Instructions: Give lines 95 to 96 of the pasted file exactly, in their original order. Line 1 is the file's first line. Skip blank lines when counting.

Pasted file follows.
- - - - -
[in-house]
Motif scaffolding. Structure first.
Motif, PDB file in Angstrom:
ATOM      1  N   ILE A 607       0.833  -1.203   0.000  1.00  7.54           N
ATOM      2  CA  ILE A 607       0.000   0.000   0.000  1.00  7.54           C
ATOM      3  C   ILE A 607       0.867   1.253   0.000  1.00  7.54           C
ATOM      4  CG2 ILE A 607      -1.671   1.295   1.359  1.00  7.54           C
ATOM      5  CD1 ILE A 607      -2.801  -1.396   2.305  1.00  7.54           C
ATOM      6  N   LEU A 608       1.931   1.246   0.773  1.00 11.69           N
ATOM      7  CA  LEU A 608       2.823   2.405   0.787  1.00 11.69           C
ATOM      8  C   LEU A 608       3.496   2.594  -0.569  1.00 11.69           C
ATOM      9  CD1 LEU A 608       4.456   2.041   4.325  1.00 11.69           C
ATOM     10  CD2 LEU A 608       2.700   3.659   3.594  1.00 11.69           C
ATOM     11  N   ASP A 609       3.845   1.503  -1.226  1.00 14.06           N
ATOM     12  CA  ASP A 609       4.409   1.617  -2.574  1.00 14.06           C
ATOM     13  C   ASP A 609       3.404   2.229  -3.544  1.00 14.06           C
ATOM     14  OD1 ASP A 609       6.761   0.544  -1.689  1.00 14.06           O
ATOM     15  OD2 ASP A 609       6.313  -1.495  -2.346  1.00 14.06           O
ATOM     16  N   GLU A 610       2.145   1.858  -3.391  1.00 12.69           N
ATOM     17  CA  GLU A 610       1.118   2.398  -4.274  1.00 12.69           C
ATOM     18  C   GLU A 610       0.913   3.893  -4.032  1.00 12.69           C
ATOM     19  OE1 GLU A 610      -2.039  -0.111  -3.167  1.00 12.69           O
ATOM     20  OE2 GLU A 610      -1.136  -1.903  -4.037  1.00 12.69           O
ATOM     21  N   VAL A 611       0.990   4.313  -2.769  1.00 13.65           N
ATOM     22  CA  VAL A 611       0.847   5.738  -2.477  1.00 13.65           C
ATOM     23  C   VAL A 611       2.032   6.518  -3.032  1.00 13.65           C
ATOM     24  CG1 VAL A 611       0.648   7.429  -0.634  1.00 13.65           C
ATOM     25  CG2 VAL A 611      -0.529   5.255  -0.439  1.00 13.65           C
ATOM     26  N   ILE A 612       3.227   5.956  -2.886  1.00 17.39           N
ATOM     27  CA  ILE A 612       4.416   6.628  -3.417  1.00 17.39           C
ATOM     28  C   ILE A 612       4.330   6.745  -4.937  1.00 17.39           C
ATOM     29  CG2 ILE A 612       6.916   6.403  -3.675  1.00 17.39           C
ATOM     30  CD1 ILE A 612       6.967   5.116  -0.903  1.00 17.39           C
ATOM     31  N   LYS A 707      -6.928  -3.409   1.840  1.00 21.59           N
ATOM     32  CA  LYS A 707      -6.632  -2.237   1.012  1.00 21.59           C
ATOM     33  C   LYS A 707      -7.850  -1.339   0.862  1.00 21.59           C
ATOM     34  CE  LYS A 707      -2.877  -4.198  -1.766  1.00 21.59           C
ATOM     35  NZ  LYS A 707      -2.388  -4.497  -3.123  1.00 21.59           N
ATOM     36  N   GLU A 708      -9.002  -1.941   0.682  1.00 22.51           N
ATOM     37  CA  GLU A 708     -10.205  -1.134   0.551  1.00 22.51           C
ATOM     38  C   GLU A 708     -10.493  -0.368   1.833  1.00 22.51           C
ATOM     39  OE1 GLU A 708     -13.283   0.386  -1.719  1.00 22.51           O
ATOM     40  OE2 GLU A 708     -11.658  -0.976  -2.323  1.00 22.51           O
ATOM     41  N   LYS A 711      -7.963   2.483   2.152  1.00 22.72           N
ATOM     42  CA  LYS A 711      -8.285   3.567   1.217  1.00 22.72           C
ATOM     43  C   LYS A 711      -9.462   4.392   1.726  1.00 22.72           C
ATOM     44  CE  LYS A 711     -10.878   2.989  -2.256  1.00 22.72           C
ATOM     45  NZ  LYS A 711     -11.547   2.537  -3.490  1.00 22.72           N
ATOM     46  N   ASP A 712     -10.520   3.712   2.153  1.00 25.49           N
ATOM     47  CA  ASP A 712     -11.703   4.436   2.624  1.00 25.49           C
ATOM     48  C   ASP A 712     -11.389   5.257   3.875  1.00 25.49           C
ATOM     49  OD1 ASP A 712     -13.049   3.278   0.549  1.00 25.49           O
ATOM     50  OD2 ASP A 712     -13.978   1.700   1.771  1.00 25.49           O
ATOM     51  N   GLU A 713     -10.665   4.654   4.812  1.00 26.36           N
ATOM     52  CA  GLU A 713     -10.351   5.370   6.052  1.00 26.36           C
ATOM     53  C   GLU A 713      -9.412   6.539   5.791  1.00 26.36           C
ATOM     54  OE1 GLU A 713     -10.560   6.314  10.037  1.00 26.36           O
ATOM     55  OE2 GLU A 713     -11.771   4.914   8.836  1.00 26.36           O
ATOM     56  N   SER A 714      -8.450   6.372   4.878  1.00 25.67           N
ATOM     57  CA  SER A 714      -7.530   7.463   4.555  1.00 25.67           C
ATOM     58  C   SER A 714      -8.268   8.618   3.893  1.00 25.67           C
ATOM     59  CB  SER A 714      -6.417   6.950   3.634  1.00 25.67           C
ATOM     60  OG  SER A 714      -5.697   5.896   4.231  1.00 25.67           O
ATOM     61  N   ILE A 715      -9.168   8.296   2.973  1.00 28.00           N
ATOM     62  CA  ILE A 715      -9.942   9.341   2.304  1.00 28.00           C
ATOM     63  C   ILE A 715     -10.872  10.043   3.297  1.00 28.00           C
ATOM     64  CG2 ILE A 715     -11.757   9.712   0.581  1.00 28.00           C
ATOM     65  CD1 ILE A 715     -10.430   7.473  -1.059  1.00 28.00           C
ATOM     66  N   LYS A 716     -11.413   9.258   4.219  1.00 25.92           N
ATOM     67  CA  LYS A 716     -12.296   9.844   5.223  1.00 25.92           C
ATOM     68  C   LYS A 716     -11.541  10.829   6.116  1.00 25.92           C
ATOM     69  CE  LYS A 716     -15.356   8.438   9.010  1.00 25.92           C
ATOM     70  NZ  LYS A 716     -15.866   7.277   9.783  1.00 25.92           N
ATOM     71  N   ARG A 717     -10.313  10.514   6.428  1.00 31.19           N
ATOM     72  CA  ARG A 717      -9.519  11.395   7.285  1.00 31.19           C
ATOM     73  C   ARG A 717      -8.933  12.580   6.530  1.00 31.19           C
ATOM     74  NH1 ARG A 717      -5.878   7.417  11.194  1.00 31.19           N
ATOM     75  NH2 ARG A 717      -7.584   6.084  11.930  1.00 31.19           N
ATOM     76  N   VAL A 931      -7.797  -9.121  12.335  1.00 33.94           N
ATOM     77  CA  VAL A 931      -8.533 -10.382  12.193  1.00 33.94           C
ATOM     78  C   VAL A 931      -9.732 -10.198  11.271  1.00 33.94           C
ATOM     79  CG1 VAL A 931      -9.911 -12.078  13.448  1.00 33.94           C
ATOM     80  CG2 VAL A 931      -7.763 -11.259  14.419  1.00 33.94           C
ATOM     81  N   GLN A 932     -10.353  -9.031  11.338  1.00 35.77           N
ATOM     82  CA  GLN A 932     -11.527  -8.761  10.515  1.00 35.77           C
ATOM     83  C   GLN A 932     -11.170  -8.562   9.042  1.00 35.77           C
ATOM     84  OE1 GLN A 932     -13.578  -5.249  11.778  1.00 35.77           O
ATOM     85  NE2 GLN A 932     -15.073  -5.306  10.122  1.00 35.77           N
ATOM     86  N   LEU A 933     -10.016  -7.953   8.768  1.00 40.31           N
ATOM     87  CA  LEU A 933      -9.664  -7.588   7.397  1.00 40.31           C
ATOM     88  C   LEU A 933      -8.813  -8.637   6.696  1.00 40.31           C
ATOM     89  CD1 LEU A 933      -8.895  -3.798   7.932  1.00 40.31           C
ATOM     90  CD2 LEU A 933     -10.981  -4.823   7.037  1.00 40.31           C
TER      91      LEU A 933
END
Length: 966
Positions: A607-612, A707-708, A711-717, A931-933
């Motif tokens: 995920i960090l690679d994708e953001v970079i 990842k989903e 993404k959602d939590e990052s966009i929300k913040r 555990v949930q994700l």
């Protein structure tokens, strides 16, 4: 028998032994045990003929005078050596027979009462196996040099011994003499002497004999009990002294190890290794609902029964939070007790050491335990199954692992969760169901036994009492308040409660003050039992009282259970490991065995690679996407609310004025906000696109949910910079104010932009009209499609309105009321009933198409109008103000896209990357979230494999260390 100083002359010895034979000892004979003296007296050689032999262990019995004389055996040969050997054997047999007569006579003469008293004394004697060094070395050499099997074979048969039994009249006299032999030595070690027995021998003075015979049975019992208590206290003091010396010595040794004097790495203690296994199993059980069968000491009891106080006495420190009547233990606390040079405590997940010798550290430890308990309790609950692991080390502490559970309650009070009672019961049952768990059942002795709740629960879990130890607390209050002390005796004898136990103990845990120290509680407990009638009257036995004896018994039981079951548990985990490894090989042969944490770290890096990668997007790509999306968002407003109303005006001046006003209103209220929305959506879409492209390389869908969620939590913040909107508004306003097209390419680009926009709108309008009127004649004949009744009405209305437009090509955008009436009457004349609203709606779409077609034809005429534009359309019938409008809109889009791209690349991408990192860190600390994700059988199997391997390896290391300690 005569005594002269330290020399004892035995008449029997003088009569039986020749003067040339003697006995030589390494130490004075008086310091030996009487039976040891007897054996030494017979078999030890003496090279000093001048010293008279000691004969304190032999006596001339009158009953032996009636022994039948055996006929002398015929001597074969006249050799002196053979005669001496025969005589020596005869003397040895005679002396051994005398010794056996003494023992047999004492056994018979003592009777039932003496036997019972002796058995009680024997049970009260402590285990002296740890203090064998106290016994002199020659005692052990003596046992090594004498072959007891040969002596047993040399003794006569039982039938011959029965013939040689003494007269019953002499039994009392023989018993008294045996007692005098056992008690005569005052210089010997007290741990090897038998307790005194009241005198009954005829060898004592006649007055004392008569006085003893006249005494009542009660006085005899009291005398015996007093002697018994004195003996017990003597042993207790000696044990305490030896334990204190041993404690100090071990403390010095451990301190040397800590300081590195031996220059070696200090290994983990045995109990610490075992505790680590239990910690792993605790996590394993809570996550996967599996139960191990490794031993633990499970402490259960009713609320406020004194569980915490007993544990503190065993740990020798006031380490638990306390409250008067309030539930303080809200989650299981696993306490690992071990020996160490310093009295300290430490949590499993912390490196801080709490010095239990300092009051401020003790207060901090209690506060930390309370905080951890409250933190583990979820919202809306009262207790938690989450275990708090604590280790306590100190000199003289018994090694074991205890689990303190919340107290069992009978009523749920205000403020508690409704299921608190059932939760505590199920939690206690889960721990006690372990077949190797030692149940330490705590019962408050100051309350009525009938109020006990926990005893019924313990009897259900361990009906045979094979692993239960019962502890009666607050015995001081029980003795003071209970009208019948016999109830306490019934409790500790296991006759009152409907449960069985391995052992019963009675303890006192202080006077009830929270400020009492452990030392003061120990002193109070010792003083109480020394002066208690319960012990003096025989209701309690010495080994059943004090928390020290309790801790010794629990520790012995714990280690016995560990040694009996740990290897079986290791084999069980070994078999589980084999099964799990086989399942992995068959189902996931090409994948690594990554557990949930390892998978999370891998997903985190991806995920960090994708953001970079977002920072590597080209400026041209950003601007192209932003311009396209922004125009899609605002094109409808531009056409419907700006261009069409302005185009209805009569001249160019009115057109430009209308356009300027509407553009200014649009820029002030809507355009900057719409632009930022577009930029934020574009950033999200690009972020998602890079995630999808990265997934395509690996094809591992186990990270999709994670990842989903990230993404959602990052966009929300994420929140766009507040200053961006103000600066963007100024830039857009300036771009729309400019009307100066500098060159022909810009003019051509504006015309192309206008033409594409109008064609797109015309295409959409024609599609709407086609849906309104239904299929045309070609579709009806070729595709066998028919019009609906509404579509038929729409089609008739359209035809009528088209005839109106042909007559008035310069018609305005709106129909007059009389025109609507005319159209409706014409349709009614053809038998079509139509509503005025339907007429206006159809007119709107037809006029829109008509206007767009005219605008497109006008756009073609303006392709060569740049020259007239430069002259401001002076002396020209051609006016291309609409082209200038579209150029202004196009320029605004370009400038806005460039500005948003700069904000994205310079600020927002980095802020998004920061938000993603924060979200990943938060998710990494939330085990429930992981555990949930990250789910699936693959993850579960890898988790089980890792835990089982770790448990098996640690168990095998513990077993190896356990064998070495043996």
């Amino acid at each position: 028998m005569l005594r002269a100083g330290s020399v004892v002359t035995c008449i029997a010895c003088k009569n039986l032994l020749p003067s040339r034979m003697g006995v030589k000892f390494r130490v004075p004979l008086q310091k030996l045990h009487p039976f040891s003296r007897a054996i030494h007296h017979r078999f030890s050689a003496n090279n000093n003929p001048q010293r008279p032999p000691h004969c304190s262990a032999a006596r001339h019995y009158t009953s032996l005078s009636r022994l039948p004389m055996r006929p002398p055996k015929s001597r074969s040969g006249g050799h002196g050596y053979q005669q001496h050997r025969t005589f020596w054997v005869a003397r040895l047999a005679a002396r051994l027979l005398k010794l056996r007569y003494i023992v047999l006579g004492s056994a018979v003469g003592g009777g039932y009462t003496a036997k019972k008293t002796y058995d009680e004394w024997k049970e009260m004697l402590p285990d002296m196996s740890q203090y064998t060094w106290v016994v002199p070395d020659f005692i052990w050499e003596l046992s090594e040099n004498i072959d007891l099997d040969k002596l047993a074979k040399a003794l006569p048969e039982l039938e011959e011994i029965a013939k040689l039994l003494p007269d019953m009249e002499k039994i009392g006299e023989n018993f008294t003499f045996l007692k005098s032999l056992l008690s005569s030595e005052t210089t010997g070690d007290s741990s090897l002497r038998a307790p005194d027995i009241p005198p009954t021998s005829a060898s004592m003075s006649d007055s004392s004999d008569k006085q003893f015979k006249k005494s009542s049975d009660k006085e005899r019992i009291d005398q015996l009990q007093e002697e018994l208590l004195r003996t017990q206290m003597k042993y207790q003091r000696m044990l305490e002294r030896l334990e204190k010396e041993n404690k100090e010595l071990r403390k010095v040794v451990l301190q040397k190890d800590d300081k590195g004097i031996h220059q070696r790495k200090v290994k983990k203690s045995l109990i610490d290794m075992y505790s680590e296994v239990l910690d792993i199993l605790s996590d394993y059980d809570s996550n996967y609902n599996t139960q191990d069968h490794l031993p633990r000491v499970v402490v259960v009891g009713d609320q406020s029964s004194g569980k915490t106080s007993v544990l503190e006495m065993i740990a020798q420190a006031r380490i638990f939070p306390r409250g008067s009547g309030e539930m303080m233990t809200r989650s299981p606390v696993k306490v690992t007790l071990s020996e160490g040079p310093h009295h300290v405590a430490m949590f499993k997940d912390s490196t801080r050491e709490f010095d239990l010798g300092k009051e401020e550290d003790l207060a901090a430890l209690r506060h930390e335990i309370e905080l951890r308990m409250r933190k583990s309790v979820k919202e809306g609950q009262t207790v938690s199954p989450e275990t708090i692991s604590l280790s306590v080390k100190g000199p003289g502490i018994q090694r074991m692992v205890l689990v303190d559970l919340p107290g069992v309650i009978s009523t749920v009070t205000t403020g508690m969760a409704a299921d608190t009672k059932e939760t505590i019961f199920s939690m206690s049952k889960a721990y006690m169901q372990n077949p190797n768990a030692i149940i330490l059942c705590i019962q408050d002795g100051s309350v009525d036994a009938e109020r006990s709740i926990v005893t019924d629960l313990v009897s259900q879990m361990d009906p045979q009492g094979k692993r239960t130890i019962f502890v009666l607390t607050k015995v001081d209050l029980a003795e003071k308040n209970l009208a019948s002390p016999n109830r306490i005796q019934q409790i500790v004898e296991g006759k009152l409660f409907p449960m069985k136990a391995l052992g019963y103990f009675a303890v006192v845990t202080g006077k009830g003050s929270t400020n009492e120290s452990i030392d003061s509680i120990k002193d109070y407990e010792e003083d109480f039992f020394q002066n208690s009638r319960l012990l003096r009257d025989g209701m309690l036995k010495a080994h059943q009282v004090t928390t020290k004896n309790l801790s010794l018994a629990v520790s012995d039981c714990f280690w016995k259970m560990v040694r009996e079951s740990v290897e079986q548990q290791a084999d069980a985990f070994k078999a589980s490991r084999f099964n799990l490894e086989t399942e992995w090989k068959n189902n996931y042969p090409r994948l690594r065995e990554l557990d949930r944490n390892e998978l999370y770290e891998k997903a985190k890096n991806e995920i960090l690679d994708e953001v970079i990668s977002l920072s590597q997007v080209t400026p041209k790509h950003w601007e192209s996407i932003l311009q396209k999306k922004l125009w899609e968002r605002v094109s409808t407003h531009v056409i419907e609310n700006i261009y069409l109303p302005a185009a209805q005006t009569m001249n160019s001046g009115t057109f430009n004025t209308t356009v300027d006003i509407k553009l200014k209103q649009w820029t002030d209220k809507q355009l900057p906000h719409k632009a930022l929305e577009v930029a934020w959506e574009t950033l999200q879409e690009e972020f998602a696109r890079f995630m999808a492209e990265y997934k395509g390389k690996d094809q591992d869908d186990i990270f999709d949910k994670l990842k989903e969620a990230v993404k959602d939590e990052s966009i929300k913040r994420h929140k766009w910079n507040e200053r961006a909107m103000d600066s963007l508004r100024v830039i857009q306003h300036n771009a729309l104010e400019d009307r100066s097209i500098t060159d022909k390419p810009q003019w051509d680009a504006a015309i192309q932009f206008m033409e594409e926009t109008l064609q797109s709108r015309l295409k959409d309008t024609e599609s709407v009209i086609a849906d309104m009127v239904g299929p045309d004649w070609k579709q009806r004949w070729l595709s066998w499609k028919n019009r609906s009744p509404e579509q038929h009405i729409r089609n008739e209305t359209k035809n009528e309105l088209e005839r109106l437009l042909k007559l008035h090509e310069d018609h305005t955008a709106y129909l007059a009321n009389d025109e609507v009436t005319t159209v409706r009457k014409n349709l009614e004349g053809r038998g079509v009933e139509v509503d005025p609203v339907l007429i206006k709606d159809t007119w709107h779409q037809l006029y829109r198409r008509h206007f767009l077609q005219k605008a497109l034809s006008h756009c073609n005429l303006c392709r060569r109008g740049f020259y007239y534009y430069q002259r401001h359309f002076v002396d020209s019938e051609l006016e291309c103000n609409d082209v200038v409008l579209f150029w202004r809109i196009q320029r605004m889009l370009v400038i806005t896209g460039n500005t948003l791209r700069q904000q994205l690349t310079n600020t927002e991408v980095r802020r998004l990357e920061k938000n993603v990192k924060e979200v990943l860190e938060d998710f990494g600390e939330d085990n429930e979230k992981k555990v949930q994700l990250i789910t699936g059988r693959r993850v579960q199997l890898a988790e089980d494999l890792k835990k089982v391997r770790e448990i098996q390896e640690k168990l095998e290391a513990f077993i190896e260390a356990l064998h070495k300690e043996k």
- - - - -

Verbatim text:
END
Length: 966